> C. myxa L., 1753 can't be a synonym of C. obliqua Willd., 1798; it can be
> otherwise (eflora Pakistan) or two as distinct species (GRIN).
>
> --
> Dr. Gurcharan Singh
> Retired  Associate Professor
> SGTB Khalsa College, University of Delhi, Delhi-110007
> Res: 932 Anand Kunj, Vikas Puri, New Delhi-110018.
> Phone: 011-25518297  Mob: 9810359089http://people.du.ac.in/~singhg45/
>
>
>
> On Sun, May 9, 2010 at 8:12 PM, tanay bose <tanaybos...@gmail.com> wrote:
> > Thanks for the updation
> > Tanay
>
> > On Sun, May 9, 2010 at 8:07 PM, Devendra Bhardwaj <
> > devendra_bhard...@yahoo.com> wrote:
>
> >>  Tanayji,
> >>      In rajasthan condition  fruiting not possible.But it is in wild.
> >> Regard
> >> Devendra
>
> >>  ------------------------------
> >> *From:* tanay bose <tanaybos...@gmail.com>
> >> *To:* Devendra Bhardwaj <devendra_bhard...@yahoo.com>
> >> *Cc:* indiatreepix <indian...@googlegroups.com>
> >> *Sent:* Sun, 9 May, 2010 8:04:28 PM
> >> *Subject:* Re: [efloraofindia:34394] Cordia wallachii
>
> >> *Cordia obliqua **Willd.*
>
> >> *Synonymy: **Cordia wallichii* G. Don.* Cordia myxa* Linn. *Cordio
> >> latifolia* Roxb.
>
> >> *Family:* Moraginaceae
>
> >> *English name:* Large sebesten
>
> >> *Indian names:* *chinna-nakeru, kichavirigi, nekkera* (Andhra Pradesh); *bahubara,
> >> bohari, bohodari, buhal *(Bengal); *bargund, gadgundi, nanugundi, pisten,
> >> sepisten *(Gujrat); *lassura* (Himachal Pradesh); *lasora, chhota, lasora
> >> * (Hindi); *chikkachalle, challe, dodda, challe *(Karnataka); *viri,
> >> cheruviri* (Kerala);* shelwant, burgund dubiwur, motabhokhar *(Maharashtra);
> >> *lassora*, (Punjab); *geduri, giduri* (Sind); *bahuvaraka. bahuwara,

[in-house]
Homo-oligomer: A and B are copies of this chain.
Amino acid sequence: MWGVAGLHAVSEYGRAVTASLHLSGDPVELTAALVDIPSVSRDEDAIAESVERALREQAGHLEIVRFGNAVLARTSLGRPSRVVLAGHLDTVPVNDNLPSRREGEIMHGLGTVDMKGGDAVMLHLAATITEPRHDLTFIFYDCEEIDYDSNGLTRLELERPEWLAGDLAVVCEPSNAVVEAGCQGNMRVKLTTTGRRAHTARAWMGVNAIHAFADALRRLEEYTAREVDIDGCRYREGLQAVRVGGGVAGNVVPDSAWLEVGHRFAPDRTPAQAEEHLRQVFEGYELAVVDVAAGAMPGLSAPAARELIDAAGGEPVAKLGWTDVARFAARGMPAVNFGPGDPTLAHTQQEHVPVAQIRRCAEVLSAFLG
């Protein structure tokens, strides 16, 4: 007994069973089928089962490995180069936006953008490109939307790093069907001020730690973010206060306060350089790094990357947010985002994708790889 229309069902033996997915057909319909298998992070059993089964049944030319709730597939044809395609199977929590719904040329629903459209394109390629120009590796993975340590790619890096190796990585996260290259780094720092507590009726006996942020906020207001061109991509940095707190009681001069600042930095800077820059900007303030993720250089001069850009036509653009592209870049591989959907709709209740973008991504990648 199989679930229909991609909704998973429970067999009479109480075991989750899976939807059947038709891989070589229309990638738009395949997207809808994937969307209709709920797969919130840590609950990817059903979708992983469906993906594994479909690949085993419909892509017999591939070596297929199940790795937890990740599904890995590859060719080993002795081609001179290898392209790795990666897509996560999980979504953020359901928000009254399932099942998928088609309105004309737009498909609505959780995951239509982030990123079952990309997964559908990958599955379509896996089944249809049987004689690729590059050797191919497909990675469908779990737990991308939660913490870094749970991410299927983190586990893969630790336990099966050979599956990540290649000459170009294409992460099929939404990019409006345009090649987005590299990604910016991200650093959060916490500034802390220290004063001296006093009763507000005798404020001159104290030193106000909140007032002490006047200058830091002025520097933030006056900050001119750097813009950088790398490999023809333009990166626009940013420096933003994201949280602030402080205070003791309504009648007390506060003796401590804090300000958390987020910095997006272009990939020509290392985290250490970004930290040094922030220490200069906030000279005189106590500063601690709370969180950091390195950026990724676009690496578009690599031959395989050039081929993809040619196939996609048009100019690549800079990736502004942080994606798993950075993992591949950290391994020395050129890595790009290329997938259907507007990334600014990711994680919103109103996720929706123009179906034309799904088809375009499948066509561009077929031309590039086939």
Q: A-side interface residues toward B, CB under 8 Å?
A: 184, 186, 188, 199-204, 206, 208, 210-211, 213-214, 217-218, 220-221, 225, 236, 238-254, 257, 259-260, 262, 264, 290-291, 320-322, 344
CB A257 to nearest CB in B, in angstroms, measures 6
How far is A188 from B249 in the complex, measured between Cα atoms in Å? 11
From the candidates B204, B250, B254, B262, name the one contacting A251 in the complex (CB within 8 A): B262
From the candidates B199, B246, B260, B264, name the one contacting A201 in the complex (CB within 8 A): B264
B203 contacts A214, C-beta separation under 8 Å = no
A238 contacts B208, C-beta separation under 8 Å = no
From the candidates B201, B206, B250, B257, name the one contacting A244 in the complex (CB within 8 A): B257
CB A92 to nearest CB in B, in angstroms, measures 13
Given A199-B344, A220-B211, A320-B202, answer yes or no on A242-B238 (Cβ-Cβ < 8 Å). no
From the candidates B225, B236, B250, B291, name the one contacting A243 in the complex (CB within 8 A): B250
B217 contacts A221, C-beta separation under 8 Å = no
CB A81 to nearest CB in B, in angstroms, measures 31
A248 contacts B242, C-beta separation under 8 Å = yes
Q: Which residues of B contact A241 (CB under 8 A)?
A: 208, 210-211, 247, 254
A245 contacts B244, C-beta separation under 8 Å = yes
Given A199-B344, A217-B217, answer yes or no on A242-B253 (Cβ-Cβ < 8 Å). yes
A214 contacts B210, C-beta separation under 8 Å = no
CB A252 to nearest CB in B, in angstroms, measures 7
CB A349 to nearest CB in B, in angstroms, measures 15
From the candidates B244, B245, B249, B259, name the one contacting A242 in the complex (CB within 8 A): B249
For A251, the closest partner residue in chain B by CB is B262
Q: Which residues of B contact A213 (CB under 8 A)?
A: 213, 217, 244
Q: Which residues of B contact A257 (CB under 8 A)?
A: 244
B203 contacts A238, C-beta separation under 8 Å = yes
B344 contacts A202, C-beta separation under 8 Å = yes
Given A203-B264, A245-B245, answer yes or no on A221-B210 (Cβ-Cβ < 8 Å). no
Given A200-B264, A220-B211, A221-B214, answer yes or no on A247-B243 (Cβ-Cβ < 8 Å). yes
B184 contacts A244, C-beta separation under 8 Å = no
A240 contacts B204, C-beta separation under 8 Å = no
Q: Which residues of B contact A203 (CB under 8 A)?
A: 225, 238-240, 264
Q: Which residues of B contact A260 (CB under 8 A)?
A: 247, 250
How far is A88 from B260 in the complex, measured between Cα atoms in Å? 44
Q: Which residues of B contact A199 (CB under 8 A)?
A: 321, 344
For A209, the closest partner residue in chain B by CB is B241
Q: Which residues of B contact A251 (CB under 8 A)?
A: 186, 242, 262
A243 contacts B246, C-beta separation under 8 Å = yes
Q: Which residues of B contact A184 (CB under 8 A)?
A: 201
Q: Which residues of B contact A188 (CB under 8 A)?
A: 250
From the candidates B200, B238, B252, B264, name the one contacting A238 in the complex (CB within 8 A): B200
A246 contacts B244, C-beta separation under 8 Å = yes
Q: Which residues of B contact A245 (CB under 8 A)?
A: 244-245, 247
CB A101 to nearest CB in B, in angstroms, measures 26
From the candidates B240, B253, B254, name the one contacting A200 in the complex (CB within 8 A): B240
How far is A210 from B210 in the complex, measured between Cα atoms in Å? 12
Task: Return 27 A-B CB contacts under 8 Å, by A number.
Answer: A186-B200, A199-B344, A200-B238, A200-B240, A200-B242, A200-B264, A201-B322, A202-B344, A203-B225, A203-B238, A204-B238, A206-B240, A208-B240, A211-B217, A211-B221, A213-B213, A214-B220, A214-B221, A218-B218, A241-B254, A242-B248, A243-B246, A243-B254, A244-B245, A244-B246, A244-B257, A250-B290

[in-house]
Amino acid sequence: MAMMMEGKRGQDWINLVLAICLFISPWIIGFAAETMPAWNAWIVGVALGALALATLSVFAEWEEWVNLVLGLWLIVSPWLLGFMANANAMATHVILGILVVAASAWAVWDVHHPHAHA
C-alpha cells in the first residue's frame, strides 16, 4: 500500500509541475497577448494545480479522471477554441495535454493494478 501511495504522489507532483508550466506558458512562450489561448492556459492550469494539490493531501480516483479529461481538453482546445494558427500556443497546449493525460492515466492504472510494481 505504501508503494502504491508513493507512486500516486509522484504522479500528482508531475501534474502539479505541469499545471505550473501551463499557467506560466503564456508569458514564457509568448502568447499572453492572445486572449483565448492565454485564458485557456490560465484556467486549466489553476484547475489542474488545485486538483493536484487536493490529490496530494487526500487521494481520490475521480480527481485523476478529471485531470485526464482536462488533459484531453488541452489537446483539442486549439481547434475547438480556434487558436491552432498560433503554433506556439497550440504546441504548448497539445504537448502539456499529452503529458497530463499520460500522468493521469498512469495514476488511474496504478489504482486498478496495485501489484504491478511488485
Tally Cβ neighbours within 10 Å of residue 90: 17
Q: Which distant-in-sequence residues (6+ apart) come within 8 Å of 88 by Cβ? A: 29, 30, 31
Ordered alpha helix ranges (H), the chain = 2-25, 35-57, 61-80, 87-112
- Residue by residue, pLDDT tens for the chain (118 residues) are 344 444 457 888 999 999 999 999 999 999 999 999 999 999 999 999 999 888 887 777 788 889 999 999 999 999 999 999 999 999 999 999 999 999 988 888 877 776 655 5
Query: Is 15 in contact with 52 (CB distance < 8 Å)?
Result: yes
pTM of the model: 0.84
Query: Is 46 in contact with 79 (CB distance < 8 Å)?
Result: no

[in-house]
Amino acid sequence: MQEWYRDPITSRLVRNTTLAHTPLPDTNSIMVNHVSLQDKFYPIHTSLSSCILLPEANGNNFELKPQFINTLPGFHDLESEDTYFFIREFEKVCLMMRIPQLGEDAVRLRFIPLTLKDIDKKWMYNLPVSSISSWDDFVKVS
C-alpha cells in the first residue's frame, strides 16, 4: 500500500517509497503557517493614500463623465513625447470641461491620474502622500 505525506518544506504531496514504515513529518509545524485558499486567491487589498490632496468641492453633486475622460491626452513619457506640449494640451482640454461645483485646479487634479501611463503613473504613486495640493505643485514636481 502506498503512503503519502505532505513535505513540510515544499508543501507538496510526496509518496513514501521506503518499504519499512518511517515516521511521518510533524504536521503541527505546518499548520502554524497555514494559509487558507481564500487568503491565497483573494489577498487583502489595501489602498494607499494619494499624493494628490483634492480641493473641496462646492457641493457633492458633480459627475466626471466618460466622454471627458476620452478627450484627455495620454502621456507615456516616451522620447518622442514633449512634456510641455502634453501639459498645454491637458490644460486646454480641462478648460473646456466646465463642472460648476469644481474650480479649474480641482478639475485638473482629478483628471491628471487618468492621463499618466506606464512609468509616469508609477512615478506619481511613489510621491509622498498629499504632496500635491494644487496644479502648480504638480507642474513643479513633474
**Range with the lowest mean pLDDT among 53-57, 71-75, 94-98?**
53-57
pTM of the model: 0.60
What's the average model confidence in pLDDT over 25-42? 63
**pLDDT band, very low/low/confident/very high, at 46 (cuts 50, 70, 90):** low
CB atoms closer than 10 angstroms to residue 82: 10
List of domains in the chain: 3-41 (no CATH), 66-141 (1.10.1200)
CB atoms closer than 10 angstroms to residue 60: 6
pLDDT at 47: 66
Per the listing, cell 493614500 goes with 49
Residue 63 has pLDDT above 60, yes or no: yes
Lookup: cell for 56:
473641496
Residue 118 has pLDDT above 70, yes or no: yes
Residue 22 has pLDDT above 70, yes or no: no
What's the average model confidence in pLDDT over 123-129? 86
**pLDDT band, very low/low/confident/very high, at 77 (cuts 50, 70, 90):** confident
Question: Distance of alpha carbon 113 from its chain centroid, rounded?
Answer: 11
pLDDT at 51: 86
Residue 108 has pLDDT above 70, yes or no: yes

> >> bhutvriksha, gandhapushpa* (Sanskrit); *naruvili, ali, namviri *(Tamil
> >> Nadu)
>
> >> *Cordia obliqua* Willd. is a medium-sized tree, found scattered
> >> throughout the mid-Himalyas up to elevations of 1,470 metres. The tree is
> >> very vigorous.
>
> >> There are two forms of *Cordia obliqua* Willd., occurring in Himachal
> >> Pradesh. The major difference between these two is the size of the fruits,
> >> which is small in one case and large in the other. The present observations
> >> were recorded only on the small-fruited type which is commoner.
>
> >> *Morphology*
>
> >> A medium-sized deciduous tree, 10.5 metres high; the girth of the trunk of
> >> a full-bearing tree being 75.5 cm; wood, light brown, moderately bard;
> >> branches, glabrous.
>
> >> Leaves, alternate, entire to slightly dentate, 10.1 cm long, 5.7 cm broad;
> >> venation, reticulate-pinnate; young leaves, tomentose from beneath; mature
> >> leaves, almost glabrous. and ovate.
>
> >> Flowers, very short-stalked, bisexual, actinomorphic, glabrous, complete,
> >> white, the average diameter of a fully open flower, 6 mm; inflorescence,
> >> terminal or an axillary cyme, almost resembling a biparous cyme; flowers per
> >> cluster, 14; calyx, cup-shaped, gamosepalous, about 4 mm in length, slightly
> >> dentate from top and light green; corolla, creamish white, polypetalous,
> >> with 4 petals, 6 mm in length; stamens, 2 in number, epipetalous, each
> >> having a very small filament; gynoecium, bifurcated, 4 mm, long, having a
> >> globose ovary at the base.
>
> >> Fruit, a drupe, 1.75 cm in diameter, 2.92 g in weight, 2.88 ml in volume,
> >> colour, light yellow to slightly greenish, with a light-red tinge at the
> >> time of full maturity; epicarp, thick; mesocarp, mucilaginous; endocarp,
> >> hard and stony.
>